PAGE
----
PSTREE(1) User Commands PSTREE(1)
pstree - display a tree of processes
pstree [-a] [-c] [-h|-Hpid] [-l] [-n] [-p] [-u] [-Z] [-A|-G|-U] [pid|user]
pstree shows running processes as a tree. The tree is rooted at either pid or init if pid is omitted. If a user name is specified, all
process trees rooted at processes owned by that user are shown.
pstree visually merges identical branches by putting them in square brackets and prefixing them with the repetition count, e.g.
Child threads of a process are found under the parent process and are shown with the process name in curly braces, e.g.
If pstree is called as pstree.x11 then it will prompt the user at the end of the line to press return and will not return until that has
happened. This is useful for when pstree is run in a xterminal.
-a Show command line arguments. If the command line of a process is swapped out, that process is shown in parentheses. -a implicitly
-A Use ASCII characters to draw the tree.
-c Disable compaction of identical subtrees. By default, subtrees are compacted whenever possible.
-G Use VT100 line drawing characters.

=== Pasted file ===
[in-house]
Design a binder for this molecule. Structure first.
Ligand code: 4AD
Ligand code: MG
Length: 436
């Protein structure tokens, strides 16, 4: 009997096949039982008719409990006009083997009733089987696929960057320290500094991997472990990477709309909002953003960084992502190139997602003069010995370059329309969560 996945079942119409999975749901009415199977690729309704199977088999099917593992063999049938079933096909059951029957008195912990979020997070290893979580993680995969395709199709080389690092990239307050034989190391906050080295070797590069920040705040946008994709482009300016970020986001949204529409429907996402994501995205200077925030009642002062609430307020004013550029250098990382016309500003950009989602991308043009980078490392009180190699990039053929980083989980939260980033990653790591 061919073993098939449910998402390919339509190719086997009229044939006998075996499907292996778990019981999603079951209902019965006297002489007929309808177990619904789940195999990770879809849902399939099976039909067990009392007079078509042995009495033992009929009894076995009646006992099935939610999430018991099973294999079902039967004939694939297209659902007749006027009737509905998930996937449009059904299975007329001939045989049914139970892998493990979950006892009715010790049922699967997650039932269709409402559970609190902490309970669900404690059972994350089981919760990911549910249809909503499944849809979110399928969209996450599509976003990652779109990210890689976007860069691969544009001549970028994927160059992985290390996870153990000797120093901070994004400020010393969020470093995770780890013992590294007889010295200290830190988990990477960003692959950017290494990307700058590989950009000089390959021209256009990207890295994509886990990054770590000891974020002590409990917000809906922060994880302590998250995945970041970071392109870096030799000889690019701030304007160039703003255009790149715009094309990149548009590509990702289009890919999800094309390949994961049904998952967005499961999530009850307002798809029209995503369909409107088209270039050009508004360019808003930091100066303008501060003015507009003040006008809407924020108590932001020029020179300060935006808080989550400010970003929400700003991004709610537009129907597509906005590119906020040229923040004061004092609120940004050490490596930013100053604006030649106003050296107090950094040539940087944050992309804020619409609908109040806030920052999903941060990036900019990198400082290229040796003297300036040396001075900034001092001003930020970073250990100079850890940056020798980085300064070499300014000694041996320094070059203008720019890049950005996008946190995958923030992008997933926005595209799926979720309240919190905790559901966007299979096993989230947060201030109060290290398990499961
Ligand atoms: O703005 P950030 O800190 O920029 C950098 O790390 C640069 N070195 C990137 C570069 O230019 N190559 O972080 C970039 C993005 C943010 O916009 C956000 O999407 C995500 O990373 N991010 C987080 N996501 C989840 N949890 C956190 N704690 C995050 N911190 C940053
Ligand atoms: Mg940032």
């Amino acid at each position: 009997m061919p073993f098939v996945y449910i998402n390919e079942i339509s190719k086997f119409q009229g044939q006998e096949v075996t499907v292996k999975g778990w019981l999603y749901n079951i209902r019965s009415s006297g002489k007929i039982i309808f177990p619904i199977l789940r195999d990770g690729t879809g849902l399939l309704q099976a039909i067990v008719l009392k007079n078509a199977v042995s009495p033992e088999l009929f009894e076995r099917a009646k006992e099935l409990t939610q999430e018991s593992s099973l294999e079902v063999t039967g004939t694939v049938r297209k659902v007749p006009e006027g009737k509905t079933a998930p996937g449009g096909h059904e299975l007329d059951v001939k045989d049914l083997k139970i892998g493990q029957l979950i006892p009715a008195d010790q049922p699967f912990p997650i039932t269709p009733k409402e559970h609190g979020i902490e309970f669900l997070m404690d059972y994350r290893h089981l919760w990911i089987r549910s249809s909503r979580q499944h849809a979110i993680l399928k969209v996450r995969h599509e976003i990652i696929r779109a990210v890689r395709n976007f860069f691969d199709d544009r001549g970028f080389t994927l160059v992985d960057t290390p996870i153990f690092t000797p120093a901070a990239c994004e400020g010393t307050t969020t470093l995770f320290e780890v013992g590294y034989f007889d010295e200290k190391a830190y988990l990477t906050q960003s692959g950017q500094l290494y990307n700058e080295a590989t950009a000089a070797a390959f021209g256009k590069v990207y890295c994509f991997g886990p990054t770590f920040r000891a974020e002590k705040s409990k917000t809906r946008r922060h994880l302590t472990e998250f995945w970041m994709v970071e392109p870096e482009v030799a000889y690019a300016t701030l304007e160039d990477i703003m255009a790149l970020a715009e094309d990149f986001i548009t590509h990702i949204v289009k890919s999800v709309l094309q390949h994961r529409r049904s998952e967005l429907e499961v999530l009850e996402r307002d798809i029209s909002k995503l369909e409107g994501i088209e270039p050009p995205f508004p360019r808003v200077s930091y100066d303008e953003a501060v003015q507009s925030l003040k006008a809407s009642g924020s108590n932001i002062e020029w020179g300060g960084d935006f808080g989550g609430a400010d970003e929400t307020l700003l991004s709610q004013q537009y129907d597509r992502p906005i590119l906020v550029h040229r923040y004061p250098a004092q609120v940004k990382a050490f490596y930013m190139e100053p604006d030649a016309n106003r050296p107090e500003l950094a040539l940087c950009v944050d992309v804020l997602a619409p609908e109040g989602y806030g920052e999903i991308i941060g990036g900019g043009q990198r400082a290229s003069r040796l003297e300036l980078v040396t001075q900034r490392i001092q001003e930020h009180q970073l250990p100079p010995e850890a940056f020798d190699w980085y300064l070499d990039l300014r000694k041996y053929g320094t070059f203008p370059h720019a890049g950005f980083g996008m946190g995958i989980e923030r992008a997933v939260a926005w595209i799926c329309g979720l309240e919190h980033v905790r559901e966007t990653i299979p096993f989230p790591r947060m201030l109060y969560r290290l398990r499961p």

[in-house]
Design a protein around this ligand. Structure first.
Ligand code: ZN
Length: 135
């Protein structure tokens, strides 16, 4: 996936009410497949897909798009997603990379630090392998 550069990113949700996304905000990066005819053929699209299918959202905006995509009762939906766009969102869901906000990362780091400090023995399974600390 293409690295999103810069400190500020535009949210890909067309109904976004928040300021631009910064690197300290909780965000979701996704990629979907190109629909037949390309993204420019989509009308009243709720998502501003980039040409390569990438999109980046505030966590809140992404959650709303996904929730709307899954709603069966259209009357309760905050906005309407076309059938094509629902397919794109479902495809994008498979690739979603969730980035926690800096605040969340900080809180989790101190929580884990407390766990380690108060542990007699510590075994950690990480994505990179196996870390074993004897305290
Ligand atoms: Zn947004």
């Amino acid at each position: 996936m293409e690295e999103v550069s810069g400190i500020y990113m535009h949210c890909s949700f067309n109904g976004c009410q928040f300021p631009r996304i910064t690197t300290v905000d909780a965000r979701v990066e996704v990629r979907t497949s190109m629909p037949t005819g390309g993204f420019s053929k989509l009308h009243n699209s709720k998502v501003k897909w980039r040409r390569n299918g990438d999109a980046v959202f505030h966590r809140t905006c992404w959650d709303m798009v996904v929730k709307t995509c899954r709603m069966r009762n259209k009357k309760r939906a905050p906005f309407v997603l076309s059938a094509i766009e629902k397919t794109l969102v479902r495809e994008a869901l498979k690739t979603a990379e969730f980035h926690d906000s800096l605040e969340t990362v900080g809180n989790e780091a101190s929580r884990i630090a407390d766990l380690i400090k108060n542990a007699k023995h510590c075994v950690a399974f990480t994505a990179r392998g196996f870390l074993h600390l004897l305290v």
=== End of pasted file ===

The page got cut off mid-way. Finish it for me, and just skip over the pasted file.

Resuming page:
-h Highlight the current process and its ancestors. This is a no-op if the terminal doesn't support highlighting or if neither the cur-
rent process nor any of its ancestors are in the subtree being shown.
-H Like -h, but highlight the specified process instead. Unlike with -h, pstree fails when using -H if highlighting is not available.
-l Display long lines. By default, lines are truncated to the display width or 132 if output is sent to a non-tty or if the display
width is unknown.
-n Sort processes with the same ancestor by PID instead of by name. (Numeric sort.)
-p Show PIDs. PIDs are shown as decimal numbers in parentheses after each process name. -p implicitly disables compaction.
-u Show uid transitions. Whenever the uid of a process differs from the uid of its parent, the new uid is shown in parentheses after
the process name.
-U Use UTF-8 (Unicode) line drawing characters. Under Linux 1.1-54 and above, UTF-8 mode is entered on the console with echo -e